From the book that had me in floods to the feel-good film of the year, plus my new London bar obsession
This week begins the fourth season of Succession, and so does my annual puzzlement over the disconnect between the media and the public. (For context, Succession’s season three finale ratings sat at 1.7million; Happy Valley hit 7.5million.) While almost every journalist I know will be spending the next 10 weeks Tweeting the HBO show’s zingiest one-liners and psychoanalysing its dysfunctional billionaire family, my friends will shrug every time I bring it up. “Never really got into it,” they usually say. “It looked annoying.”
Well, I suppose it is a bit annoying – essentially one giant business meeting stretched over four seasons. And while I adore the show and even found myself quoting one Logan’s best lines in the office yesterday – “if we’re good, we’re good” – part of me can’t help but agree with my colleague Anita Singh’s review: thank God it’s almost over.
Since many of you here do work in the media however, let’s all indulge ourselves for a moment longer with some hot Succession links. This Ringer piece on The Making Tom Wambsgans, who quietly usurped cousin Greg as everyone’s favourite character at some point during season three, is delicious, with choice nuggets including that writer Jesse Armstrong didn’t give Matthew Macfadyen a single note on how to play him, and that he improvised part of that excruciating scene in season one, in which he gifts Logan a Patek Philippe.
Fashion and culture writer Amy Odell also provided some very fun commentary on why Shiv is looking particularly drab this season, opening the episode in a boring brown suit. She quotes the show’s costume designer Michelle Maitland, who has said that Shiv has always dressed to get Logan’s approval, and so ultimately her wardrobe indicates her self-worth. This season, she feels dejected by the end of her marriage and unnerved by Tom’s rise up the hierarchy, hence those hideous (also brown) drawstring trousers and that sad little white cardigan.
And here’s my usual quick links:
I’ve been watching Rye Lane, a joyous, visually stunning rom-com that will make you fall in love with Peckham, by first-time feature director Raine Allen-Miller. David Jonsson (also of Industry fame, and who might have the world’s most infectious smile) stars as a comically heartbroken accountant whose snivelling sob-sesh in a unisex toilet is interrupted by aspiring costume designer Yas (Vivian Oparah).
They get to know each other over one particularly long and eventful day meandering through an airbrushed, candy-coloured South London. Not only was it brilliant to see two black leads fall in love on screen without any backdrop of racism or a trauma-driven storyline, it subverts expected gender dynamics too. I loved watching Yas make all of the romantic moves – she even drives a hilariously nervous Dom on the back of a moped.
I’ve been reading This is Not a Pity Memoir by Abi Morgan, having been implored to read it by a book club friend just before Christmas. I defy anyone not to sob pretty much throughout this heartbreaking memoir about Morgan’s husband waking from a six-month coma and no longer recognising her. Even more cruel: he recognises everyone else, and then she is diagnosed with breast cancer. Oof. Morgan is an acclaimed screenwriter (The Split, The Iron Lady) and her memoir is all pacy dialogue and stage directions, as she tries to make sense of chaos by turning it into something rather beautiful.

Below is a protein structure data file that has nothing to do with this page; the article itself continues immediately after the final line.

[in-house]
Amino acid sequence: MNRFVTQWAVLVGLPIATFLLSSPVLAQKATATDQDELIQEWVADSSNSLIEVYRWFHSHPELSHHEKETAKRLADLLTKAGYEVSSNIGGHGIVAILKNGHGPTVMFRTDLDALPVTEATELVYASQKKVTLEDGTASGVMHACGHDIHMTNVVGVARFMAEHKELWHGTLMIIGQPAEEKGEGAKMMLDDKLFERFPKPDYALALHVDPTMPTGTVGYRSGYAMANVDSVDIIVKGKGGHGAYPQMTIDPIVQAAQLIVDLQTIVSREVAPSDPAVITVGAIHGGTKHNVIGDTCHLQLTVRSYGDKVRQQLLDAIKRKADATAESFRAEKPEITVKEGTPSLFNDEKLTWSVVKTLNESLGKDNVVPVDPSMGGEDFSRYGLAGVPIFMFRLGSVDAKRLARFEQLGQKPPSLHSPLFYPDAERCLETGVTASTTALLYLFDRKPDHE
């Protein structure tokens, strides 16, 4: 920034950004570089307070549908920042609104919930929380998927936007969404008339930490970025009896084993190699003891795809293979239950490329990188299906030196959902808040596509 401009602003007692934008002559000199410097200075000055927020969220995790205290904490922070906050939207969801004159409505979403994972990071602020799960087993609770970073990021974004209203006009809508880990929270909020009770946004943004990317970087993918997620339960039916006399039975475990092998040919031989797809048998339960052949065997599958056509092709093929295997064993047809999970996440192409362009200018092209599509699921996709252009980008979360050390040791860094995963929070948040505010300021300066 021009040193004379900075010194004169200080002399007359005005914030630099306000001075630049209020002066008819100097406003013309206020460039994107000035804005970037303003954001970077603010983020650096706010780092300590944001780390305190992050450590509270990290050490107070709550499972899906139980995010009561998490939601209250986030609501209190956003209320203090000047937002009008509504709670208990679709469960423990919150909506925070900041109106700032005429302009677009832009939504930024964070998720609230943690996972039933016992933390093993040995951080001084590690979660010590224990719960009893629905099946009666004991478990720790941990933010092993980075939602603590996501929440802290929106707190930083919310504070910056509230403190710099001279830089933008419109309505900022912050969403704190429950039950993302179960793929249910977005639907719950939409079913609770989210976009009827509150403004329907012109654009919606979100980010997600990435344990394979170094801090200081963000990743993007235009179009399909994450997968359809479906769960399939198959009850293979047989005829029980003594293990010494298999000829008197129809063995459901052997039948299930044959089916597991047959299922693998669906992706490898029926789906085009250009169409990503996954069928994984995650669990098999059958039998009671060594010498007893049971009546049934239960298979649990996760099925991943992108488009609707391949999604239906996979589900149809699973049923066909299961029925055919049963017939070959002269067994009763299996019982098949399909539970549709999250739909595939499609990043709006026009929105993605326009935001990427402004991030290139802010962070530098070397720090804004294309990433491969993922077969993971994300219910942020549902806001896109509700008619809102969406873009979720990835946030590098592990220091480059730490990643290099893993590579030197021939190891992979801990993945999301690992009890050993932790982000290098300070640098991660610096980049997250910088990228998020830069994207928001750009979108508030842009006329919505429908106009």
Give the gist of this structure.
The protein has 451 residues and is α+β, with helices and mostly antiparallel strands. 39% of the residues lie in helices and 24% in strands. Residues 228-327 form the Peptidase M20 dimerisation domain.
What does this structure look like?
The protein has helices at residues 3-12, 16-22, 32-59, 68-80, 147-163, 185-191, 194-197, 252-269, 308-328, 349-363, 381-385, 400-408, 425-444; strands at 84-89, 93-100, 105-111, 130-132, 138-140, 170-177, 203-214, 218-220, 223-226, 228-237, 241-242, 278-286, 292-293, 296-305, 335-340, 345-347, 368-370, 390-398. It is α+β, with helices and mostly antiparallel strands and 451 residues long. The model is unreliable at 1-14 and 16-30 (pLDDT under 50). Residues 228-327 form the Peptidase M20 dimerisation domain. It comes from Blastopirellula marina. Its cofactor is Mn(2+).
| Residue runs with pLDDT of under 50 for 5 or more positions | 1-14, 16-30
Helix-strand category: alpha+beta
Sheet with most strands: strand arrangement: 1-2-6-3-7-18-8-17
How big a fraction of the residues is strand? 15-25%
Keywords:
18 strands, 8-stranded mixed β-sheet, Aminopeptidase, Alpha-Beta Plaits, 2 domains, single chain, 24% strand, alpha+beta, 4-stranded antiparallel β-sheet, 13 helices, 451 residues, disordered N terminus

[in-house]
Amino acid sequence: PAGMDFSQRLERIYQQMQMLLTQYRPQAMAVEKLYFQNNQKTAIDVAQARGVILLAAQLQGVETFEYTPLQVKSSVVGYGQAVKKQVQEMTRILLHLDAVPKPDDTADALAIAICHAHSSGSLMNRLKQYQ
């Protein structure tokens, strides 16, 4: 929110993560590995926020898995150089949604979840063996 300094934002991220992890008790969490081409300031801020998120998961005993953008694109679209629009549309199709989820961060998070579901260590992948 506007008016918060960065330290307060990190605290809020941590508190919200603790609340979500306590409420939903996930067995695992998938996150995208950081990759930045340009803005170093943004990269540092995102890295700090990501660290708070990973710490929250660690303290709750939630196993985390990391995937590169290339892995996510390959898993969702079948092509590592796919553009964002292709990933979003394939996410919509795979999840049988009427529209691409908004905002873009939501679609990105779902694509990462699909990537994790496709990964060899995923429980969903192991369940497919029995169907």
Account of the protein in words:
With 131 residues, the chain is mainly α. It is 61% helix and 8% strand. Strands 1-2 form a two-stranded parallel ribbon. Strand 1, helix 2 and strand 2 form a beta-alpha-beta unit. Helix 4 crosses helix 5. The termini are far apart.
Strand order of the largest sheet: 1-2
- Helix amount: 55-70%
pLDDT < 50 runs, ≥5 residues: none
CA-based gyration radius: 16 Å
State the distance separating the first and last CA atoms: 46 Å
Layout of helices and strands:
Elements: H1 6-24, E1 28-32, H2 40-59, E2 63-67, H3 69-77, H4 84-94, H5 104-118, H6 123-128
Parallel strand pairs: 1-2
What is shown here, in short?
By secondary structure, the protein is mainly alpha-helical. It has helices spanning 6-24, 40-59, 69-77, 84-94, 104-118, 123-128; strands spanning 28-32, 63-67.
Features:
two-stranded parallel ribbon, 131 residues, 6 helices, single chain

I’ve been listening to the debut record from Boygenius, the new band fronted by Phoebe Bridgers and two of her closest friends. It’s hazy and lovely, all soft guitars, delicate harmonies and sweet, simple lyrics about heartbreak. Try the single, Emily I’m Sorry.
I’ve been interviewing Jordan Stephens, one half of former rap-pop duo Rizzle Kicks, whose summer anthem Down with the Trumpets still hits the spot on a sunny day out in London. He’s a solo artist now, and I had him on my podcast Straight Up to talk about his dizzying rise to fame at just 18 years old. He was very good fun, shared many stories about why he’s now sober (hard and fast fame seems to do that to you), getting in big trouble at the Brits one year, and what it’s like to have a very famous girlfriend - Jade Thirwall from Little Mix. He also spoke very compellingly about male shame in the wake of Andrew Tate. Listen here.
I can’t stop thinking about SOMA, my favourite new bar in London, that I was recommended a few months ago and have been making regular pilgrimages to ever since. It’s the basement bar to Indian restaurant Kricket - also excellent - and ticks all the boxes. Firstly and most importantly, the vibe: gorgeously moody low lighting, unobtrusive but effortlessly cool music, a big central communal bar table primed for making new friends, and bartenders who will patiently point you towards ‘the cocktail that ‘tastes most like a marg’ and even offer to swap it for you if you don’t like it (you will).
Secondly, the drinks are flawless: pre-mixed, they arrive almost instantly, and while adventurous, none of them need the conceptual breakdown so many pompous London bars seem to think we find interesting. Thirdly, they’re (relatively) affordable — £12 isn’t cheap but it's better than most.
And finally, having long-lamented that British bar culture is terrible compared to New York – great bars close before 12, shit bars stay open until 2 – I am pleased to report that SOMA opens 6-3am. I have yet to end up there for a nightcap but I can imagine it gets pretty fun. They only take bookings if you’re four or more, leaving plenty of room for walk-ins. So if you’re the kind of mythical creature who makes spontaneous plans and doesn’t mind a queue, then you’re all set.
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